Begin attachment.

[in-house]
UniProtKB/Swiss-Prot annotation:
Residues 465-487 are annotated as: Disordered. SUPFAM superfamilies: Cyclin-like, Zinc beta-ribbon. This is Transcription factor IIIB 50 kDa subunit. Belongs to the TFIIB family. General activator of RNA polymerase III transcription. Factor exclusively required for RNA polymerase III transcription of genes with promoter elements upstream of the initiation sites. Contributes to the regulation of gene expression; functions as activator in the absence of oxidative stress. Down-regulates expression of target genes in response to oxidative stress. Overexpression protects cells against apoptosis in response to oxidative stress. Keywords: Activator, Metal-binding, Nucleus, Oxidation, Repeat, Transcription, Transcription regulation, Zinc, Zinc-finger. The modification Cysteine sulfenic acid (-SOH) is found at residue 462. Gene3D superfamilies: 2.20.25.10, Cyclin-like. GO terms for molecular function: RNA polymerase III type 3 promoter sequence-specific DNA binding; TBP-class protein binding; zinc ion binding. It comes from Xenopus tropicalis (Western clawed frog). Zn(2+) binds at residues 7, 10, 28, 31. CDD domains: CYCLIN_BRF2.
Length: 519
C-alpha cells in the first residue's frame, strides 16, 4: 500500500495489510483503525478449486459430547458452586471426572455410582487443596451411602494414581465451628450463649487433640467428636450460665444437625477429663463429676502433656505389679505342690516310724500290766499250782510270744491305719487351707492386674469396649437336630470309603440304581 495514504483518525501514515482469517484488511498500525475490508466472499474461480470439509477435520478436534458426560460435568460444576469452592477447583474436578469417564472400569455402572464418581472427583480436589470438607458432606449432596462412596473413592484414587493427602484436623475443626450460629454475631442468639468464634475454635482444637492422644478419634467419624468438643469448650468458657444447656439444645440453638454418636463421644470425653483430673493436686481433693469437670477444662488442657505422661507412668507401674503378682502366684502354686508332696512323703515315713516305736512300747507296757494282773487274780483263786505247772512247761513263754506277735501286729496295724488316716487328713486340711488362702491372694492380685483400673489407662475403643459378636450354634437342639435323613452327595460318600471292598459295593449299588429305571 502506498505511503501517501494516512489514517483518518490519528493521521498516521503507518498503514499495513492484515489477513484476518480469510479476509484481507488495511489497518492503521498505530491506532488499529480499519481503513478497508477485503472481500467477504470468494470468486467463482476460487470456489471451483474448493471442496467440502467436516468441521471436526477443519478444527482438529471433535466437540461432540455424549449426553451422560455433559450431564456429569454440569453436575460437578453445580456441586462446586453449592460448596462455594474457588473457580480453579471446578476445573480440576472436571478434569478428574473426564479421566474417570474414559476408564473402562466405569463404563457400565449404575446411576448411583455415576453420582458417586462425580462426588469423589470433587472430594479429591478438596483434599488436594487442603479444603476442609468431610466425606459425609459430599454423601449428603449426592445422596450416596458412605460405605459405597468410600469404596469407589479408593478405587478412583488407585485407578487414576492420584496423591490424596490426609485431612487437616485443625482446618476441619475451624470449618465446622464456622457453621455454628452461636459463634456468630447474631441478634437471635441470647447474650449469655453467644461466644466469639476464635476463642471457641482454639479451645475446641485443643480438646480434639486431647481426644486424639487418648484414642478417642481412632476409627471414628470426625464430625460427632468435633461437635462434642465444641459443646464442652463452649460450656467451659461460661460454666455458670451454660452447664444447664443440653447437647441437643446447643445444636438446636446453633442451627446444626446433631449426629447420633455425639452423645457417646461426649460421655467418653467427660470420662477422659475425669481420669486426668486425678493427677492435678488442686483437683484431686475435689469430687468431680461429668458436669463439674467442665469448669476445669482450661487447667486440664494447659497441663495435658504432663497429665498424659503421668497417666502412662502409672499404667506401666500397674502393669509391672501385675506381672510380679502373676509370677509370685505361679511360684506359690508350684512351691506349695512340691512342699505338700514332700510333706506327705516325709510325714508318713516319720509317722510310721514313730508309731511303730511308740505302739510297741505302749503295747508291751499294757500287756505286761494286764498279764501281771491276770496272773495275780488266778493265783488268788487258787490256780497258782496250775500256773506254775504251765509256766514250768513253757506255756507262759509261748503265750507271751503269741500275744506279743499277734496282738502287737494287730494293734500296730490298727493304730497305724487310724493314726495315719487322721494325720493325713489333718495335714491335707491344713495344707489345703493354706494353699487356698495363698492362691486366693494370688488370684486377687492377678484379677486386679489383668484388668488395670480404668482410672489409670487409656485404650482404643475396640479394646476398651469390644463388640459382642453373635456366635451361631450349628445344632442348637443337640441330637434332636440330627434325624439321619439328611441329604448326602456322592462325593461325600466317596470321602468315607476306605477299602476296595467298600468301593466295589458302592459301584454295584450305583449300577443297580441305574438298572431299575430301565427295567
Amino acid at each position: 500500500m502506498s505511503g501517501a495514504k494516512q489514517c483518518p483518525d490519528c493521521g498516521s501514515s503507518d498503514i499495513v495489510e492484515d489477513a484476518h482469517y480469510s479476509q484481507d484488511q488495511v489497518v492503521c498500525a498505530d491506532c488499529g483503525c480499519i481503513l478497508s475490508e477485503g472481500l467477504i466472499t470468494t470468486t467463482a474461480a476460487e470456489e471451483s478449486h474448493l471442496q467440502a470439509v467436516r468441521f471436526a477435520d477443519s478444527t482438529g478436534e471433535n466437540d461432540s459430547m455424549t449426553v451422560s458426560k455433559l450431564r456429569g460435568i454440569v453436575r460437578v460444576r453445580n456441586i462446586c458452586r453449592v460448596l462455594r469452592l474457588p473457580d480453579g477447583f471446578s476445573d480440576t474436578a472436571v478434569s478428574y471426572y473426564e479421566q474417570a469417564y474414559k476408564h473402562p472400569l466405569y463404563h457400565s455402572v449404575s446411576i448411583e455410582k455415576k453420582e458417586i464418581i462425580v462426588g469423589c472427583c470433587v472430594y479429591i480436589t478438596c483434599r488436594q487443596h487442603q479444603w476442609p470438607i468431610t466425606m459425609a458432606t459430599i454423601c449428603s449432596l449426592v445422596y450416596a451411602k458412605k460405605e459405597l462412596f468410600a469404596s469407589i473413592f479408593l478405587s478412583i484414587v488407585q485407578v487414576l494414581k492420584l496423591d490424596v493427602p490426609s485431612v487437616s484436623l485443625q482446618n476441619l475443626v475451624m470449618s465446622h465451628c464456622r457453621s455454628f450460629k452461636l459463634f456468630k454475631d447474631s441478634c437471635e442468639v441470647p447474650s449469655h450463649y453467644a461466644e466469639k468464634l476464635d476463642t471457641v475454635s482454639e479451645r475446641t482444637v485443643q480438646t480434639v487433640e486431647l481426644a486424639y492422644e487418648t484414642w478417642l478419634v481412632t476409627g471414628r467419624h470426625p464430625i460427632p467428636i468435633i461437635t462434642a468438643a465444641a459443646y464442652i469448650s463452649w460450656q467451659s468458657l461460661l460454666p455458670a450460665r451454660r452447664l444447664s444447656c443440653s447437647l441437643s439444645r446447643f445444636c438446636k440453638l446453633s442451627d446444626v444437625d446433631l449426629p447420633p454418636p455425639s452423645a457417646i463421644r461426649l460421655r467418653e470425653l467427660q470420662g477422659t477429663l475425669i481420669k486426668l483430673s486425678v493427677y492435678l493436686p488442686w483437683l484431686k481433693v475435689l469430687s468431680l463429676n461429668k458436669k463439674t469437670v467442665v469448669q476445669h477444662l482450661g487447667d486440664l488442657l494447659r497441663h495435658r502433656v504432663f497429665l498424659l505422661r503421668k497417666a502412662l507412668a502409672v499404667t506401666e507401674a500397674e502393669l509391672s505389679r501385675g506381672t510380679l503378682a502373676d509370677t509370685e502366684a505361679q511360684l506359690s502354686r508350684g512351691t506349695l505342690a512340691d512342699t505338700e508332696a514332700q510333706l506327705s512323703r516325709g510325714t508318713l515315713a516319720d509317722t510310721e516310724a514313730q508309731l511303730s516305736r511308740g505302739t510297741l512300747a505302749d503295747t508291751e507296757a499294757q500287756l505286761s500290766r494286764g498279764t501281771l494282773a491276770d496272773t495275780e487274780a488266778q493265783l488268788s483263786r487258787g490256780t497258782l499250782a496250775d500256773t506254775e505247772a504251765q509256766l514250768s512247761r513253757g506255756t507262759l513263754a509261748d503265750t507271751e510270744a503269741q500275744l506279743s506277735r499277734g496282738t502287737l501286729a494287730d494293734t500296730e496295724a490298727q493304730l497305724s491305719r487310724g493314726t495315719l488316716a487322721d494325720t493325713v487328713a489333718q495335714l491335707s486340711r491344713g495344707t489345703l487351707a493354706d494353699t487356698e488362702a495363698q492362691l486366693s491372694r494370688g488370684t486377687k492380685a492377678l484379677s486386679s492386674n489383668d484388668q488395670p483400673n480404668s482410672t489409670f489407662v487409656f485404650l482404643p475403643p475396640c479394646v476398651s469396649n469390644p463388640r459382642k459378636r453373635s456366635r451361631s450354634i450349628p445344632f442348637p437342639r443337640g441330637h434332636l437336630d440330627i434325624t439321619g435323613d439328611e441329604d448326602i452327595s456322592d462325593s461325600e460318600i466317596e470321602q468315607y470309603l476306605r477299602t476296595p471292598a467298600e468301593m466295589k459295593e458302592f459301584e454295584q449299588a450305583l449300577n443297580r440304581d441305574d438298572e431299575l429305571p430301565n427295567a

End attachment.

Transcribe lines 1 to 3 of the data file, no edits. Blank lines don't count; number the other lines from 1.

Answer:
[in-house]
UniProtKB/Swiss-Prot annotation:
Residues 465-487 are annotated as: Disordered. SUPFAM superfamilies: Cyclin-like, Zinc beta-ribbon. This is Transcription factor IIIB 50 kDa subunit. Belongs to the TFIIB family. General activator of RNA polymerase III transcription. Factor exclusively required for RNA polymerase III transcription of genes with promoter elements upstream of the initiation sites. Contributes to the regulation of gene expression; functions as activator in the absence of oxidative stress. Down-regulates expression of target genes in response to oxidative stress. Overexpression protects cells against apoptosis in response to oxidative stress. Keywords: Activator, Metal-binding, Nucleus, Oxidation, Repeat, Transcription, Transcription regulation, Zinc, Zinc-finger. The modification Cysteine sulfenic acid (-SOH) is found at residue 462. Gene3D superfamilies: 2.20.25.10, Cyclin-like. GO terms for molecular function: RNA polymerase III type 3 promoter sequence-specific DNA binding; TBP-class protein binding; zinc ion binding. It comes from Xenopus tropicalis (Western clawed frog). Zn(2+) binds at residues 7, 10, 28, 31. CDD domains: CYCLIN_BRF2.